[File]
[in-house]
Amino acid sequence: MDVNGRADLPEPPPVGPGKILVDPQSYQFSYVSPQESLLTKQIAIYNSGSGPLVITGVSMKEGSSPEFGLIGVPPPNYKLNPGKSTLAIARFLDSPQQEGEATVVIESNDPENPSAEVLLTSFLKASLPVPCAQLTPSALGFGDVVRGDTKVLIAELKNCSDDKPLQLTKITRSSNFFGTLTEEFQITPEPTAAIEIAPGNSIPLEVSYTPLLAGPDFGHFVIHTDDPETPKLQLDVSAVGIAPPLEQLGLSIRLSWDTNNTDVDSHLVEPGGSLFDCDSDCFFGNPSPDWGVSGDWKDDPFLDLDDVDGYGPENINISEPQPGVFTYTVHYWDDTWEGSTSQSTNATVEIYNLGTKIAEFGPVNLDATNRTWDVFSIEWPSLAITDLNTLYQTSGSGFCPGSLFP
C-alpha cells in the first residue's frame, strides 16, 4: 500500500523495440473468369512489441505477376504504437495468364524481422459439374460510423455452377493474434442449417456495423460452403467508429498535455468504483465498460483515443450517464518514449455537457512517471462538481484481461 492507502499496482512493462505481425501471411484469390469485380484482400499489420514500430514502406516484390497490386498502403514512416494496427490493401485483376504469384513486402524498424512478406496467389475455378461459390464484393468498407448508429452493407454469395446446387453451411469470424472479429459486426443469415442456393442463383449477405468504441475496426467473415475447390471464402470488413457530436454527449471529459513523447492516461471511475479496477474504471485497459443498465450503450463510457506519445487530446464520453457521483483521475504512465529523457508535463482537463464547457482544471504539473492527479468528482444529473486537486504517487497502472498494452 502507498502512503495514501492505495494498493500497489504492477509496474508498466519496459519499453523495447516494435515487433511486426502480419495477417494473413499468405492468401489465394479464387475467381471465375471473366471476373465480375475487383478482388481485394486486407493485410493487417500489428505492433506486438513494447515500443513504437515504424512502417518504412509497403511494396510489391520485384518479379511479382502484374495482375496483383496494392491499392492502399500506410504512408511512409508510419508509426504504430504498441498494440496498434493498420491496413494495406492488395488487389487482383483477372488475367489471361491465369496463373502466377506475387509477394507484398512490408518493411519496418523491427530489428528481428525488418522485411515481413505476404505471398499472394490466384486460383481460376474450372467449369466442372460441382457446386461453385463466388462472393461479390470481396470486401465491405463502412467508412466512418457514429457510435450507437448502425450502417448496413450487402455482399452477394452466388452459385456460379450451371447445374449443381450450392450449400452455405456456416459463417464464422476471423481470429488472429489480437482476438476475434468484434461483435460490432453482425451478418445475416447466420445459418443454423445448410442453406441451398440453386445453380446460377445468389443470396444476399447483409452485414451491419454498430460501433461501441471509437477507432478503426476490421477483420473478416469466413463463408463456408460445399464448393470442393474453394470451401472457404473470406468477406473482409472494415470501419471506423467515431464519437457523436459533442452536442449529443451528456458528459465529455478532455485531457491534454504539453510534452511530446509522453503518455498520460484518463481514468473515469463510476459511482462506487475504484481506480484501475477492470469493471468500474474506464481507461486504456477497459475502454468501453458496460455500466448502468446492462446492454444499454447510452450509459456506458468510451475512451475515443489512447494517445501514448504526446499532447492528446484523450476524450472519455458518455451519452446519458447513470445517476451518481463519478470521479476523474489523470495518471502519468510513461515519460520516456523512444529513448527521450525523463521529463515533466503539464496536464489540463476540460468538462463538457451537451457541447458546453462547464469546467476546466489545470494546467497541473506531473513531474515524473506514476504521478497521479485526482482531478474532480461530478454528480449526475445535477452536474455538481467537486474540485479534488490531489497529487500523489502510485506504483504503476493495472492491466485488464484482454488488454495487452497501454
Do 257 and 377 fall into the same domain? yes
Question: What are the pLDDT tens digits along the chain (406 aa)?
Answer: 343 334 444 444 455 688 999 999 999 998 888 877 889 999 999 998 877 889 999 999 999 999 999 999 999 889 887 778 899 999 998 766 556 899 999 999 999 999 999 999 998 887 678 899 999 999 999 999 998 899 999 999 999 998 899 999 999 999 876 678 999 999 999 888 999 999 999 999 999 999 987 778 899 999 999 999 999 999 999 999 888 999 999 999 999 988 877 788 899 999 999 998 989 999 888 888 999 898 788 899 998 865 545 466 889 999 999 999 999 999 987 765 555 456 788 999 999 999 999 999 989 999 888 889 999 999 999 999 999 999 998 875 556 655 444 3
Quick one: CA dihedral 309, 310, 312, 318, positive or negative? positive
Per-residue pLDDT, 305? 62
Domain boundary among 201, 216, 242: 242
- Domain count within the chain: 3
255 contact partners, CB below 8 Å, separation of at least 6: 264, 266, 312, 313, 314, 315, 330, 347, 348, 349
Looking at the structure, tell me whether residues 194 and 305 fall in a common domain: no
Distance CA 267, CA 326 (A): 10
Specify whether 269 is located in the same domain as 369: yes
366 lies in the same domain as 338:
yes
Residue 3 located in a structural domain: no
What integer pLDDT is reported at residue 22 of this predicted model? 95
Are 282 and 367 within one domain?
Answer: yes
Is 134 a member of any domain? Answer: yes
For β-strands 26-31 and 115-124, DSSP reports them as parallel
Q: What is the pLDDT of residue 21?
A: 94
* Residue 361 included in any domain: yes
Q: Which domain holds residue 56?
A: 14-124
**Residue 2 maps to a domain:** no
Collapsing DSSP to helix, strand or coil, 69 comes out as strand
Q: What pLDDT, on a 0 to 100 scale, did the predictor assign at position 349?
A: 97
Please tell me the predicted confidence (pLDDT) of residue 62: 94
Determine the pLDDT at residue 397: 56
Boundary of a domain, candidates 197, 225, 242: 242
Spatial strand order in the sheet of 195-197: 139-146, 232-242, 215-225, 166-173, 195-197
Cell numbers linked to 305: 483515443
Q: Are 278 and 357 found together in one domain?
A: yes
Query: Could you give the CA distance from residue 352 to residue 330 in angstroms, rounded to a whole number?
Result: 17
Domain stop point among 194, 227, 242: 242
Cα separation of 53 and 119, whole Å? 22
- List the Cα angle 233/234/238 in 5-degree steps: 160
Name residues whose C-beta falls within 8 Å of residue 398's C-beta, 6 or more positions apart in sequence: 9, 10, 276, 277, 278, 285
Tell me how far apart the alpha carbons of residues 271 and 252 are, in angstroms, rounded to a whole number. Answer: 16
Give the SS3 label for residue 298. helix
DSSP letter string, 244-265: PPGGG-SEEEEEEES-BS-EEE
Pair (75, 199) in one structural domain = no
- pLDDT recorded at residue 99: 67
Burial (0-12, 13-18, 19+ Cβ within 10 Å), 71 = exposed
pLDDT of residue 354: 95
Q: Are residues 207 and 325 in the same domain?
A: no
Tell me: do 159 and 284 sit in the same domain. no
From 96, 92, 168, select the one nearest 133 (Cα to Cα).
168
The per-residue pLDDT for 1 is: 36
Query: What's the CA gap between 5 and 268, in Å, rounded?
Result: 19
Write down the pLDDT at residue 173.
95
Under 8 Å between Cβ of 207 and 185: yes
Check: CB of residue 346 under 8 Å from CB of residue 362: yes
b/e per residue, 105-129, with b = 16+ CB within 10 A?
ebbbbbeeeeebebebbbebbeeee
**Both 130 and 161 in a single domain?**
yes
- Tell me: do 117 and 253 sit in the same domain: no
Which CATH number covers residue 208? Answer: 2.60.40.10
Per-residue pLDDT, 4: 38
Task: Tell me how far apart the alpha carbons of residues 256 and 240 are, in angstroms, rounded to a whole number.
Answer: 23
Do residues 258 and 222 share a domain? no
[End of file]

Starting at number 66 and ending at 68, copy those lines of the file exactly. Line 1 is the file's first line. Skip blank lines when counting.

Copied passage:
**Both 130 and 161 in a single domain?**
yes
- Tell me: do 117 and 253 sit in the same domain: no